Chinese researchers have become the world’s fifth most prolific contributors to peer-reviewed scientific literature on Regenerative Medicine (RM), according to an international study published on Friday (…)
Regenerative Medicine is an emerging interdisciplinary field of research and clinical applications focused on the repair, replacement or regeneration of cells, tissues, or organs, which uses a combination of approaches including gene therapy, stem cell transplantation, tissue engineering, and the reprogramming of cell and tissue types.
But as the stem cell research develops fast in recent years, RM becomes more and more dependent on this side, and shared some ethic criticism against stem cell research since it involves the usage of human embryos.
The article highlighted Chinese scientific firsts. For example, a hospital in Shanghai cultivated human brain tissue in 2002 after taking a sample from the end of a chopstick implanted in a patient’s frontal lobe amid a disagreement at a restaurant.
Neural stem cells were cultured from trauma patients and reinjected into their brains in the first known controlled clinical trial of adult stem cell therapy for traumatic brain injury.
The article also said China to date had created at least 25 human embryonic stem cell lines, four of which were of a specialized type that only two other groups worldwide had managed to create then.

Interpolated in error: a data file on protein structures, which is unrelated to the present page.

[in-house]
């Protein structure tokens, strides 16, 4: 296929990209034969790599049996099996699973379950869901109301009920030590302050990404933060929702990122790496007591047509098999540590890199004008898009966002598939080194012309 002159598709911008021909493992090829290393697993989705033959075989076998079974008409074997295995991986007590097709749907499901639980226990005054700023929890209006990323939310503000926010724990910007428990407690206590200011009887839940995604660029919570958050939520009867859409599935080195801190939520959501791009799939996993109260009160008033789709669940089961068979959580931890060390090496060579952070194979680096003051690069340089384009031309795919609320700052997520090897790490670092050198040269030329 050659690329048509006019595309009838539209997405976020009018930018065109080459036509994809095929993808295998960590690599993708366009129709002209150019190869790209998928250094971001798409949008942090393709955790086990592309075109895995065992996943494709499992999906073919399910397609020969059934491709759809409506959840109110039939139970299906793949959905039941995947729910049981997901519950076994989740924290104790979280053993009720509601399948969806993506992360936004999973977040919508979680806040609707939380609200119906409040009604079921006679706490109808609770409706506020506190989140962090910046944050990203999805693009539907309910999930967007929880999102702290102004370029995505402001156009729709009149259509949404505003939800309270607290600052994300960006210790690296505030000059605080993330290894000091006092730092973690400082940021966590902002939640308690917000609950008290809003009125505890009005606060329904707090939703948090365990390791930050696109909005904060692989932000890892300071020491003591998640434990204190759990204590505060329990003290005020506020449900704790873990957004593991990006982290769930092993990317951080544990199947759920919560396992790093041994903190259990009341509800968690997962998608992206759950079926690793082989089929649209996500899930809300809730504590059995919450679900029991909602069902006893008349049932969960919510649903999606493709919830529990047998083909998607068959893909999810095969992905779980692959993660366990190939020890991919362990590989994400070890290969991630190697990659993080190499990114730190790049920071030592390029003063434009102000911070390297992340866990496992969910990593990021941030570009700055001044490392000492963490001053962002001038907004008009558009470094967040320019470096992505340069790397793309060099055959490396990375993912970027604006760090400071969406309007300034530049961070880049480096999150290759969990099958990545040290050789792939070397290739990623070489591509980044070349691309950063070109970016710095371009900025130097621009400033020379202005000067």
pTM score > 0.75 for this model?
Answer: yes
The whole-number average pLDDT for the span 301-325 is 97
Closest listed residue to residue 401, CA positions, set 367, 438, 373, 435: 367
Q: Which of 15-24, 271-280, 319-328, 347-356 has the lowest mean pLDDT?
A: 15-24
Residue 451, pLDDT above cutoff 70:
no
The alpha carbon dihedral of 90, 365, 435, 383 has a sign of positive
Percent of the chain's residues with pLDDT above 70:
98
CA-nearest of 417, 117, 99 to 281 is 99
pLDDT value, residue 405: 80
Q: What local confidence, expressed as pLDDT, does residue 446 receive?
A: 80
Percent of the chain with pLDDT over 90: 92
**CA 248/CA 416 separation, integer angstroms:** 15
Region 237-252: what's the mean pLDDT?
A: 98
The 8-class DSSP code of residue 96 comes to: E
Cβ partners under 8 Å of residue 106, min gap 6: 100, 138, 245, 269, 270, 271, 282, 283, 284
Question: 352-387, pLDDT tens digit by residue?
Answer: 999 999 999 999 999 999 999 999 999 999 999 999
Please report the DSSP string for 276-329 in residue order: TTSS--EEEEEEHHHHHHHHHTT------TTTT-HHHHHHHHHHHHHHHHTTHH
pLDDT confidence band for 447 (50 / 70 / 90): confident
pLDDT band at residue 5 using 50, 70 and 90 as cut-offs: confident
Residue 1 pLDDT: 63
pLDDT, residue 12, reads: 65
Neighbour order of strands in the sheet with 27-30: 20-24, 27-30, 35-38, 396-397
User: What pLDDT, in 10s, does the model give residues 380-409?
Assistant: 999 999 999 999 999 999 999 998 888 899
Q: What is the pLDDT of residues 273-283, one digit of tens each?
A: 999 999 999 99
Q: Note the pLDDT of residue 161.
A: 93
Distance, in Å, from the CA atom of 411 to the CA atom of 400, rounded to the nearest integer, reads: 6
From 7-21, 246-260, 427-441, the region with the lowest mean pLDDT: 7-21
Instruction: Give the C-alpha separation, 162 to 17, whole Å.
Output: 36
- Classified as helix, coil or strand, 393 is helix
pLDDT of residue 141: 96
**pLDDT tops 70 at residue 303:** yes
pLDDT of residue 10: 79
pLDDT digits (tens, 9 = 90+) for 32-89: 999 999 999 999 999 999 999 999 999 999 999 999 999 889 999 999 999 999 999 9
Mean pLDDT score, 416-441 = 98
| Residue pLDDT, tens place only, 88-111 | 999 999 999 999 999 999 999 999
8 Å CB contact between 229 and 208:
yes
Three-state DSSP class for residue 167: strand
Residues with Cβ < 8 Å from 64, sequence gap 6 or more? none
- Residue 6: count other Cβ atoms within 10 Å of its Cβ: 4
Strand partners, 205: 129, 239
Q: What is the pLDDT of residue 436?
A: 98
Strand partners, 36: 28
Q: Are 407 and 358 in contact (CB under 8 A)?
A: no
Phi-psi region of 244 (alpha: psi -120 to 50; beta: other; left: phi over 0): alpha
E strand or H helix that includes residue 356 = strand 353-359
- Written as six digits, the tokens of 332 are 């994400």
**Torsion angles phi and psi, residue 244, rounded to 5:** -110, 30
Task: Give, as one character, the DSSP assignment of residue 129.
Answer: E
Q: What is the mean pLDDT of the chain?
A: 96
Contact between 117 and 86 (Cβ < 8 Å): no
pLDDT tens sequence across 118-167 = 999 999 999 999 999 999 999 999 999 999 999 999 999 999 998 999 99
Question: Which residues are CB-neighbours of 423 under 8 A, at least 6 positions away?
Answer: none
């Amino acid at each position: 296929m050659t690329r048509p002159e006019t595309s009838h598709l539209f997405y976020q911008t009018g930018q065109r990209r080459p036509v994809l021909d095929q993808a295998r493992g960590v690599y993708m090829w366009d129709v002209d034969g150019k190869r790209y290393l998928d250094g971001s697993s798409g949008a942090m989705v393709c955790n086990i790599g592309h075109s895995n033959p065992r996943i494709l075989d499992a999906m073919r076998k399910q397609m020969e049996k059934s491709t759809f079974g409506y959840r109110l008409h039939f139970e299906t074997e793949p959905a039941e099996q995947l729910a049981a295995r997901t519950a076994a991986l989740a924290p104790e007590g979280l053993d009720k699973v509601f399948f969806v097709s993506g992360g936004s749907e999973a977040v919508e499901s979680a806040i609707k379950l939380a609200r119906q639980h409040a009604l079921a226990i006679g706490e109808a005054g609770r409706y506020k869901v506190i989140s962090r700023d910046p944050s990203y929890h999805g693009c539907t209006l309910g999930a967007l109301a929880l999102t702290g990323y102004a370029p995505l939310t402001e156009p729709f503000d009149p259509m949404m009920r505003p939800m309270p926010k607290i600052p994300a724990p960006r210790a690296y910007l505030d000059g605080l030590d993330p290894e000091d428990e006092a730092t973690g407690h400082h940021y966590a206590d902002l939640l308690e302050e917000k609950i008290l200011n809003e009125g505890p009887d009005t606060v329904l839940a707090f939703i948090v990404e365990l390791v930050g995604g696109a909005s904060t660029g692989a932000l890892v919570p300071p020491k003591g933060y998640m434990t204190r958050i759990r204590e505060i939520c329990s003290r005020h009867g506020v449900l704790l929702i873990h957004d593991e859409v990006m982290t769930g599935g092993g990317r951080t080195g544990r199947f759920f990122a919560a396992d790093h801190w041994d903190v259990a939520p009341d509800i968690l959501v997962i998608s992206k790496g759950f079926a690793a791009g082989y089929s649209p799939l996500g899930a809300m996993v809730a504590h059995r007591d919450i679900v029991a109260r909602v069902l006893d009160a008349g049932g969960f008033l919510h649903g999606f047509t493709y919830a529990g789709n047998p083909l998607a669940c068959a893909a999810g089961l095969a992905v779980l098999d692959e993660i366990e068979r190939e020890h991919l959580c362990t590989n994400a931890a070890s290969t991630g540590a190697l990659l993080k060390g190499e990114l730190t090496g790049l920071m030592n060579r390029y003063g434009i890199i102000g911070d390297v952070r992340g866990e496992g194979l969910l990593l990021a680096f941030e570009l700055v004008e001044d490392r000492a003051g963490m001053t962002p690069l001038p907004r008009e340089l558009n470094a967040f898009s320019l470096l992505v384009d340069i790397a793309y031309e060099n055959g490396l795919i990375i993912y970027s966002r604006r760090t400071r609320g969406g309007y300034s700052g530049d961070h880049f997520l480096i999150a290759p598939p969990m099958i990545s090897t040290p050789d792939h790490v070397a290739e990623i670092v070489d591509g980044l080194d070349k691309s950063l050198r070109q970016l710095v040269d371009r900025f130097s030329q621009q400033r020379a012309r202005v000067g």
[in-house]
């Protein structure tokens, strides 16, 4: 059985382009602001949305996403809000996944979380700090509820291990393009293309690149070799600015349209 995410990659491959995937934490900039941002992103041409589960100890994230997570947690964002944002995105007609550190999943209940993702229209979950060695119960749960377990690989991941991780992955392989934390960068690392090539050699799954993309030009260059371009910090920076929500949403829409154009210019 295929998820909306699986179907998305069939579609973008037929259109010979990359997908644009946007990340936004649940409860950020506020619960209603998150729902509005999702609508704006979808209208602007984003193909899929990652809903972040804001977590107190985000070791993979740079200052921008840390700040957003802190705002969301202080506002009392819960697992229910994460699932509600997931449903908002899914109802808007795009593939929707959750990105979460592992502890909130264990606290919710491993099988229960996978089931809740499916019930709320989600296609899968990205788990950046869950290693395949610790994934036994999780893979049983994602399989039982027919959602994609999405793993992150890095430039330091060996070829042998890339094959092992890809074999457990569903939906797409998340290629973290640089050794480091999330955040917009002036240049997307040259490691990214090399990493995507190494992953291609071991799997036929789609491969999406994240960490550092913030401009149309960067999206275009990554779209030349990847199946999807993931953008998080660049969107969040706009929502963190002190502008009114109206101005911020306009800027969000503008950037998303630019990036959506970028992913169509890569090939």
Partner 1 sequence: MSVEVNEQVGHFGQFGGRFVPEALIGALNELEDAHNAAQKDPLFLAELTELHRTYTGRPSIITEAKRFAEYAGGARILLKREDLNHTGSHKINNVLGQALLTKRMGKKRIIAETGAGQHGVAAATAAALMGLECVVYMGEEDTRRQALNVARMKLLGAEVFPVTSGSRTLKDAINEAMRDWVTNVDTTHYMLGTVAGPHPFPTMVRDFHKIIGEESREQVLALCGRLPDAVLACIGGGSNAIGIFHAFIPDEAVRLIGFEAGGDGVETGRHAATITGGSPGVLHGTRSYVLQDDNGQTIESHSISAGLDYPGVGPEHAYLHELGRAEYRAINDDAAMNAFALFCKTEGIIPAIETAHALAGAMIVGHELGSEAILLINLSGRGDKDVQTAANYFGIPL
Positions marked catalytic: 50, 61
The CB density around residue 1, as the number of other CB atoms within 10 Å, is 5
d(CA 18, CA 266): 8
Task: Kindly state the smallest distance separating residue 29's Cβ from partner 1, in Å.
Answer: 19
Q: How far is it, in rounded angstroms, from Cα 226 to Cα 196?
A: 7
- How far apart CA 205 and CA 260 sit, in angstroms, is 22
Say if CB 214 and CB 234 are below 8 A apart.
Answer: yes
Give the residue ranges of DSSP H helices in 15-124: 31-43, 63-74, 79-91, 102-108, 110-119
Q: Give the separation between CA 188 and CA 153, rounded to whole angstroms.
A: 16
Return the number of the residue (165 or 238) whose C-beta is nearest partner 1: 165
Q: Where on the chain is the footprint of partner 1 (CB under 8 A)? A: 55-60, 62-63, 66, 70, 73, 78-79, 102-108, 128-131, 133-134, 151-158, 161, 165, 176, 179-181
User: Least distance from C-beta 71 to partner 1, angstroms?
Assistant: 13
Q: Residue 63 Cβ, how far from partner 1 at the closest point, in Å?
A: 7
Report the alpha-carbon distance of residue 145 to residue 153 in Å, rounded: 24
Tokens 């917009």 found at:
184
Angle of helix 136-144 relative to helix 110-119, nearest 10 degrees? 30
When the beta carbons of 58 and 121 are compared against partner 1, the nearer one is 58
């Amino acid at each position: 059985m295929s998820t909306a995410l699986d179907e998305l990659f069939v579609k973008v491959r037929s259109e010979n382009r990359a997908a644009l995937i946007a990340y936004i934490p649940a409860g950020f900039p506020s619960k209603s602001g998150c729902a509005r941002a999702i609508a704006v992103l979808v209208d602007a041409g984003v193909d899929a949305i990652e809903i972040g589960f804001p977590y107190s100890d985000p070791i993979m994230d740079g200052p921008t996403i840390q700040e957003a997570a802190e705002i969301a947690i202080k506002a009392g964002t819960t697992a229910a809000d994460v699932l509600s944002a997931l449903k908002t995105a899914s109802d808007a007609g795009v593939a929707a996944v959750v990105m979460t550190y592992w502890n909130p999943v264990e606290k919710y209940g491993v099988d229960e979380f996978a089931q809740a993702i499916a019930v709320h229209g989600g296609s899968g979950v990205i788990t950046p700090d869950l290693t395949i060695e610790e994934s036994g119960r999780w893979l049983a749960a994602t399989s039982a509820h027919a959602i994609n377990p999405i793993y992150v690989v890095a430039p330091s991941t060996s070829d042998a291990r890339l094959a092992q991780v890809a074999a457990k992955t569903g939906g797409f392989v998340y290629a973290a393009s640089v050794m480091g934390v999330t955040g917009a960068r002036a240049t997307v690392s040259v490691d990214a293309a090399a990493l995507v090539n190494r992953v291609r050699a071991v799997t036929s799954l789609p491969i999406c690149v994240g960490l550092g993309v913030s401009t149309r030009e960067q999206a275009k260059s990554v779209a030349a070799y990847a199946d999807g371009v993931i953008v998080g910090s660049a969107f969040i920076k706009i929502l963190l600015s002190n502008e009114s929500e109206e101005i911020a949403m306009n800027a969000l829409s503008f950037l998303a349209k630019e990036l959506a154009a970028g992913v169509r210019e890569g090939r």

The numbers were based on analysis of articles which had been published in international peer-reviewed journals. The creation ofsome stem cell lines may not be published or only in Chinese journals, and some estimated that China had over 70 cell lines (…)
But the authors also pointed out that some of the key elements were “double edged”. For example, the focus on application may come at the expense of fundamental research and a better integration between basic and applied research could help move stem cell research forward in China.
They mentioned several other challenges for RM in China, such as the further improvement of regulations and the safety of stem cell therapies.
Regarding the regulation of embryonic stem cell research, which is often controversial in some countries as the United States but is less contentious to Chinese culture and religion, the authors said Chinese regulations “are very similar to that which is allowed in the UK”. Though it needs improvement, it’s not as weak as misinterpreted by some people (…)
read more: http://news.xinhuanet.com/english/2010-01/08/content_12776226.htm